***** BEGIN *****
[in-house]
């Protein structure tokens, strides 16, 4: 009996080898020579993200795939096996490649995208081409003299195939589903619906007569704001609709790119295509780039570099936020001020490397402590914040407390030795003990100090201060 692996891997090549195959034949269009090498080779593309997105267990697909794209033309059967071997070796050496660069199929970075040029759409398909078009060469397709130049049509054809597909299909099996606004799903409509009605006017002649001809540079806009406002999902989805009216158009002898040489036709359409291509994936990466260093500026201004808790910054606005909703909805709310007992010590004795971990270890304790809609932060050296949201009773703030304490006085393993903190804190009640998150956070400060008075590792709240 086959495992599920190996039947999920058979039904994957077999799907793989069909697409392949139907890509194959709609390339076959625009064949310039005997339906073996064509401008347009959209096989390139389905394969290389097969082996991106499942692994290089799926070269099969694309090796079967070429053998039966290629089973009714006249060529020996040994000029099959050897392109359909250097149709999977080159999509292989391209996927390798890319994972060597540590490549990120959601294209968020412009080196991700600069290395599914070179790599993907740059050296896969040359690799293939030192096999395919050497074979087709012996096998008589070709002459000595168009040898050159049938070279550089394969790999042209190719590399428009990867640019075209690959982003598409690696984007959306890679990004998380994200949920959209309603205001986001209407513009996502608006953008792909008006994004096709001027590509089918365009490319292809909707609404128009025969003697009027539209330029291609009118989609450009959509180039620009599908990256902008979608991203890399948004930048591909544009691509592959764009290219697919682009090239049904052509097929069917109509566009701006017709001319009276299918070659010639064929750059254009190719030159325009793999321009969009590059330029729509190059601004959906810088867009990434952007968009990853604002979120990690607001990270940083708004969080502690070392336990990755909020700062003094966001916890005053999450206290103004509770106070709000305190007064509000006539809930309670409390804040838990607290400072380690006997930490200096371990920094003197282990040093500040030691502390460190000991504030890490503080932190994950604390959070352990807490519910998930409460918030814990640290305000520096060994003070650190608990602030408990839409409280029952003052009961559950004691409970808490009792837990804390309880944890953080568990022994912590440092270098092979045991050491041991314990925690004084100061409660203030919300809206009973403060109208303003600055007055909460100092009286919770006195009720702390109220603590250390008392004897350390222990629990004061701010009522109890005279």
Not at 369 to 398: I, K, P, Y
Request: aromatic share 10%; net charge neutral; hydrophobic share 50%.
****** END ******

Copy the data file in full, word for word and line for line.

[in-house]
């Protein structure tokens, strides 16, 4: 009996080898020579993200795939096996490649995208081409003299195939589903619906007569704001609709790119295509780039570099936020001020490397402590914040407390030795003990100090201060 692996891997090549195959034949269009090498080779593309997105267990697909794209033309059967071997070796050496660069199929970075040029759409398909078009060469397709130049049509054809597909299909099996606004799903409509009605006017002649001809540079806009406002999902989805009216158009002898040489036709359409291509994936990466260093500026201004808790910054606005909703909805709310007992010590004795971990270890304790809609932060050296949201009773703030304490006085393993903190804190009640998150956070400060008075590792709240 086959495992599920190996039947999920058979039904994957077999799907793989069909697409392949139907890509194959709609390339076959625009064949310039005997339906073996064509401008347009959209096989390139389905394969290389097969082996991106499942692994290089799926070269099969694309090796079967070429053998039966290629089973009714006249060529020996040994000029099959050897392109359909250097149709999977080159999509292989391209996927390798890319994972060597540590490549990120959601294209968020412009080196991700600069290395599914070179790599993907740059050296896969040359690799293939030192096999395919050497074979087709012996096998008589070709002459000595168009040898050159049938070279550089394969790999042209190719590399428009990867640019075209690959982003598409690696984007959306890679990004998380994200949920959209309603205001986001209407513009996502608006953008792909008006994004096709001027590509089918365009490319292809909707609404128009025969003697009027539209330029291609009118989609450009959509180039620009599908990256902008979608991203890399948004930048591909544009691509592959764009290219697919682009090239049904052509097929069917109509566009701006017709001319009276299918070659010639064929750059254009190719030159325009793999321009969009590059330029729509190059601004959906810088867009990434952007968009990853604002979120990690607001990270940083708004969080502690070392336990990755909020700062003094966001916890005053999450206290103004509770106070709000305190007064509000006539809930309670409390804040838990607290400072380690006997930490200096371990920094003197282990040093500040030691502390460190000991504030890490503080932190994950604390959070352990807490519910998930409460918030814990640290305000520096060994003070650190608990602030408990839409409280029952003052009961559950004691409970808490009792837990804390309880944890953080568990022994912590440092270098092979045991050491041991314990925690004084100061409660203030919300809206009973403060109208303003600055007055909460100092009286919770006195009720702390109220603590250390008392004897350390222990629990004061701010009522109890005279």
Not at 369 to 398: I, K, P, Y
Request: aromatic share 10%; net charge neutral; hydrophobic share 50%.